International Draft: Better Opportunity or a Threat to Dominican Baseball? (OPINION)


Akito Ikeuchi, Forum Writer

Baseball has historically been a sport that is recognized and played internationally, with talented players emerging from nearly every corner of the globe. Despite this, Major League Baseball has remained the blue-chip standard for fulfilling the wildest dreams of these athletes.

On March 10th, the MLB decided to implement a new draft system into the league with the draft currently working as follows: Teams select high school and college players from USA, Canada, and Puerto Rico in the standard draft while players from Dominican Republic and Venezuela are not subject to this. A player from DR must be signed by the team directly which leads to several problems.

One of the problems is the corruption and the power teams hold on young talent who have yet to come to the MLB. A player cannot be signed until the age of 16 yet teams reach out to the player years and advance to propose a deal that they will receive once they turn 16. This leads to teams having an unfair advantage over the player as they can have control over the proposed contract or even take away the contract altogether.

Another problem currently surrounding countries like DR and Venezuela is the risk players put into getting MLB contracts. Because Dominican and Venezuelan players come from low-income origins, an MLB contract is the great dream young players seek to escape poverty. This leads to use of steroids for better appeal even for players as young as 12-14 years old. There have been cases of baseball trainers giving doses of such drugs to young players to raise their own value.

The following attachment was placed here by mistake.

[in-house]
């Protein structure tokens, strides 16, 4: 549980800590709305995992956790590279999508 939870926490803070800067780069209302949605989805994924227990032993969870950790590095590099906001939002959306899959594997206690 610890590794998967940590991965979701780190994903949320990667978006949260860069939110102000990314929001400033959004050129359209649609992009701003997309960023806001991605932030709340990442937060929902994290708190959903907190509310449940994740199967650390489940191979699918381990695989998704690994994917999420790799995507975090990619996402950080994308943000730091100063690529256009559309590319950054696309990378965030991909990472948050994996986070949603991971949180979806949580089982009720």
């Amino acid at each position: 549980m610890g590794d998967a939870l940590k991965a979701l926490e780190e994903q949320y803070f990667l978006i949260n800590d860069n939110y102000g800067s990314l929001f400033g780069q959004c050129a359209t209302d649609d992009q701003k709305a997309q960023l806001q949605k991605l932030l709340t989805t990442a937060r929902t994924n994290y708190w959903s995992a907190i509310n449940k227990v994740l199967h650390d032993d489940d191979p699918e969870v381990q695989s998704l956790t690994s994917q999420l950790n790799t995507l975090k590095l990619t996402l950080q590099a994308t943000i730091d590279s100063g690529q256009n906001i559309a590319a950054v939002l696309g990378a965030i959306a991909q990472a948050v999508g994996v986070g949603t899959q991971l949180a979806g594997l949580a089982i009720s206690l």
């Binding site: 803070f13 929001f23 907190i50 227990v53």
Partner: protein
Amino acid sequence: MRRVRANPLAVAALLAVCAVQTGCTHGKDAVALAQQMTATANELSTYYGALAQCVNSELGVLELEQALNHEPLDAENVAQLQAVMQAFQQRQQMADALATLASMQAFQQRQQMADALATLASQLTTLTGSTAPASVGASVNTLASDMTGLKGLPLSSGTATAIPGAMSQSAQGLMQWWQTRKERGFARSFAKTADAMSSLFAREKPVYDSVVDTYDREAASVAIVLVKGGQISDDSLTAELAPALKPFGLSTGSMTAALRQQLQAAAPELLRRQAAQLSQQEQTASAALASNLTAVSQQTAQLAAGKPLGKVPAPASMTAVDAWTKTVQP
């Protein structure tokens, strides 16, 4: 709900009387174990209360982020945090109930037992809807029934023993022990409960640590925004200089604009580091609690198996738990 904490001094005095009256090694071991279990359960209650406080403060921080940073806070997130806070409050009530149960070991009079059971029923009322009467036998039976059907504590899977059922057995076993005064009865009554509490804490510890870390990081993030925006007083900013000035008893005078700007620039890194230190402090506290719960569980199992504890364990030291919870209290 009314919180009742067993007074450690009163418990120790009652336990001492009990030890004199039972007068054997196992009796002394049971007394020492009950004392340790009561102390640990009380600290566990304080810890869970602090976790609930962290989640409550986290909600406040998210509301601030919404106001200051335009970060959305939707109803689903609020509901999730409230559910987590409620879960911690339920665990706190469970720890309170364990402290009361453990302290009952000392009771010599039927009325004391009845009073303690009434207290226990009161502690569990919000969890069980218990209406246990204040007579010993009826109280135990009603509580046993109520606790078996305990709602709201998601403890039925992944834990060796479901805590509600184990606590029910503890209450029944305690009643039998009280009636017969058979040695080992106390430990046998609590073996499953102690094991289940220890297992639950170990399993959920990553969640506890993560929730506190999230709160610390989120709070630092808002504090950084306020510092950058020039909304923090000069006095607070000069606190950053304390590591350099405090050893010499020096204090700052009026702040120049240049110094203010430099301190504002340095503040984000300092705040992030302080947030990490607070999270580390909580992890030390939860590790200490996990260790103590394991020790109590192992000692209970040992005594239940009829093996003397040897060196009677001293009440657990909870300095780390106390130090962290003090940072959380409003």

“Players like Ohtani who seek to play after high school can have the same opportunity as American players.” Jerry Yi, an MLB fan, supports this after seeing the performance of international players in the MLB.

Though it is mostly certain an separate international draft will improve the corrupt current MLB signings, separate problems arise as notable players have spoken against a solution that almost sounds perfect.

San Diego Padres shortstop Fernando Tatis Jr. says “the international draft is going to kill baseball in the DR. It’s going to affect us a lot because there will be many young people who used to give them the opportunity to get a bonus and with the draft it will not be the same.”

As player opinion and the likes of MLB ownership clashes, reluctance and the lack of trust may postpone the implementation of the international draft, currently proposed to begin in 2024.